Christopher Linden Thollaug, longtime Coastside resident and activist, passed away on Oct. 7, 2020. He was 70 years old.

Chris grew up in El Cerrito and attended a Quaker boarding school in Nevada City, Calif. After being drafted in 1971, Chris attained conscientious objector status and completed his alternative service with Planned Parenthood, where he started out delivering contraception to all Bay Area locations. On weekends, he played handball with the residents of San Quentin or backpacked the remote Sierra Nevada wilderness. Chris attempted to through-hike Pacific Crest Trail in 1977 – but was foiled after 500 miles by an unexpected May blizzard in the high Sierra.

Chris continued to work at Planned Parenthood for several years before completing his MBA at Golden Gate University. He was hired immediately by Xerox, but over time became frustrated with the ethos of corporate America and quit to start his own reprographics firm in fledging Silicon Valley. After selling his company, Chris worked for the national Sierra Club where he restructured finances, labor models and administration in order to lower overhead. As a result of his work, the Club was empowered to direct more resources toward environmental protection campaigns nationwide.

After moving to Montara in 1991, Chris left the Sierra Club to serve as chairman of the Tunnel Initiative and, later, Measure T. He was instrumental in stopping Caltrans’s proposed bypass from scarring Montara Mountain and fundamentally altering the landscape and population of the Coastside. He also served for many years on the boards of the Montara Water and Sanitary District and Sewer Authority Mid-coastside, which earned him the superhero moniker “Sewer Man” from his young daughters.

Chris and his wife, Suzanne Stephanik, raised two children and four dogs in the back of Montara, adjacent to what is now part of the Golden Gate National Recreation Area. His passion for the outdoors took Chris to 30-plus national parks as well as countless state parks, national wilderness areas, and national forests. By example, and through many camping trips, he passed a love of wild lands and an ethos emphasizing environmental preservation to his daughters.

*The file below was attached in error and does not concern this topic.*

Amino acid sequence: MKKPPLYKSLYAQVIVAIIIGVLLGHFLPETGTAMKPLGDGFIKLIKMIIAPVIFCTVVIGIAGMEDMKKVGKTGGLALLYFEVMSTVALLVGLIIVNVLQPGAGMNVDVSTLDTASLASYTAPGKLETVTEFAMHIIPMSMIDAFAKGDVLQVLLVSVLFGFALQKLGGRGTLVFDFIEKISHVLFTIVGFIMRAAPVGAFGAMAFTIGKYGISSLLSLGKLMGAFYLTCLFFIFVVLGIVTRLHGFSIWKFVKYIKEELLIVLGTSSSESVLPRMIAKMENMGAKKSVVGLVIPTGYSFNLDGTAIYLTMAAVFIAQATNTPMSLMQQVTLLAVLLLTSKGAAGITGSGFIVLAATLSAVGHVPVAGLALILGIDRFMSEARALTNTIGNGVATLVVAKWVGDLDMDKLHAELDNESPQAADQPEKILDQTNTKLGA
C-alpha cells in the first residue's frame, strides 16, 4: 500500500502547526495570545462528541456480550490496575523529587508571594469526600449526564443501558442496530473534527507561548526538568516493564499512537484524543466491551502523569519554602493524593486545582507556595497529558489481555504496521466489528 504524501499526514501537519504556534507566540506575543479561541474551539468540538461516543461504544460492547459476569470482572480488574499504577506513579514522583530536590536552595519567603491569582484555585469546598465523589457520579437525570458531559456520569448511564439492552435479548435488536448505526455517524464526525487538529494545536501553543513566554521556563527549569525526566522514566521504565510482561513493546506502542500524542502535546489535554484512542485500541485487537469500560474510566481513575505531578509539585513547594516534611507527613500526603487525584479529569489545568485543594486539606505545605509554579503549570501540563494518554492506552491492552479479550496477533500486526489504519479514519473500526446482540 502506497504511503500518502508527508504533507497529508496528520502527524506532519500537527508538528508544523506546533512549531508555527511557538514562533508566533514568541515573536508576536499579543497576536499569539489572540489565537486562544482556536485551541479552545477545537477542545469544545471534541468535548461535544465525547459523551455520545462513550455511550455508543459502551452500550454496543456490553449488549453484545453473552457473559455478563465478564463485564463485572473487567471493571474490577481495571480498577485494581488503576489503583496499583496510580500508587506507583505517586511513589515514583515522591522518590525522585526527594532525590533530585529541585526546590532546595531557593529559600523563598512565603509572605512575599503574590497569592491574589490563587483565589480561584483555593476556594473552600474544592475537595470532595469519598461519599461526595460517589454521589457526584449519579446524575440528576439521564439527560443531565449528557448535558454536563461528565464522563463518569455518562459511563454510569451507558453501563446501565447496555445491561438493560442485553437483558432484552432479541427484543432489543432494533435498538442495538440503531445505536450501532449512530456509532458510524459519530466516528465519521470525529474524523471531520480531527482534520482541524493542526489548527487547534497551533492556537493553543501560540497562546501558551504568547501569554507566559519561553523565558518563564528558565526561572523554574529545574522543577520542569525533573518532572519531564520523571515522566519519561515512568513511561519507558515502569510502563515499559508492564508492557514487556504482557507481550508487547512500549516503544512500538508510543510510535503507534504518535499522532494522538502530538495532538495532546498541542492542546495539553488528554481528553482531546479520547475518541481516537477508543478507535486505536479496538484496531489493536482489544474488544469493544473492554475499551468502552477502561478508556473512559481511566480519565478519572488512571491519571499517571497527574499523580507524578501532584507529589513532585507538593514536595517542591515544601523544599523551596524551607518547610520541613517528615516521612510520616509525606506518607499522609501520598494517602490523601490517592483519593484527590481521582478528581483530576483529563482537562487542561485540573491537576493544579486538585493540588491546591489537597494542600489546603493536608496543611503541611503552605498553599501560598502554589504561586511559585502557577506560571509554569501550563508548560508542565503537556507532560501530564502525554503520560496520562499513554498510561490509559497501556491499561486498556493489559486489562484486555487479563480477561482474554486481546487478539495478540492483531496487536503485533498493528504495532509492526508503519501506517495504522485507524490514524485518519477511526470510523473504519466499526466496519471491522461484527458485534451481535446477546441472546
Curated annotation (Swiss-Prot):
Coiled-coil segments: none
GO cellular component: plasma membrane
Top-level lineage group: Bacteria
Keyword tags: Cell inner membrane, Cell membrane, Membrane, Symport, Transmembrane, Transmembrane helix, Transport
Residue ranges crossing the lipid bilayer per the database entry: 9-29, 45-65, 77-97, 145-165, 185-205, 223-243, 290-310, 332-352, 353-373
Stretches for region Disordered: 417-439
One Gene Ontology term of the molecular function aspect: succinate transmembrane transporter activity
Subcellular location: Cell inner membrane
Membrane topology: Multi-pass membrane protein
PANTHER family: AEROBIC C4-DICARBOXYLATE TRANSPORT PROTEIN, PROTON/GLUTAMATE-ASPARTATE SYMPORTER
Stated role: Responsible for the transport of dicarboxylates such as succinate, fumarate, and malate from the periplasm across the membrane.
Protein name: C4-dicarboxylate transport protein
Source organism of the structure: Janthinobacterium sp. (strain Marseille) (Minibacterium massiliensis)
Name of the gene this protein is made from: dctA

In retirement, Chris discovered a love of beekeeping and devoted himself to his “girls.” His belief in cooperative labor solutions was cemented by his observation of the bees, who seamlessly work together for the good of all. Chris continued to hike Montara Mountain regularly – at increasingly fast clips – to take in the beauty of the natural world. Fellow regulars on the mountain would often spot him, jars of honey in hand for friends and strangers alike, marching to the summit with his faithful yellow Labradors.

Like the Quakers who educated him, Chris believed passionately in working for just causes, in the equality of all people, and in peace. Those who wish to honor his memory may make a donation in his name to the American Friends Service Committee, the National Parks Foundation or the Sierra Club.

A memorial will be held following the COVID-19 pandemic. In the meantime, please share memories and photographs at

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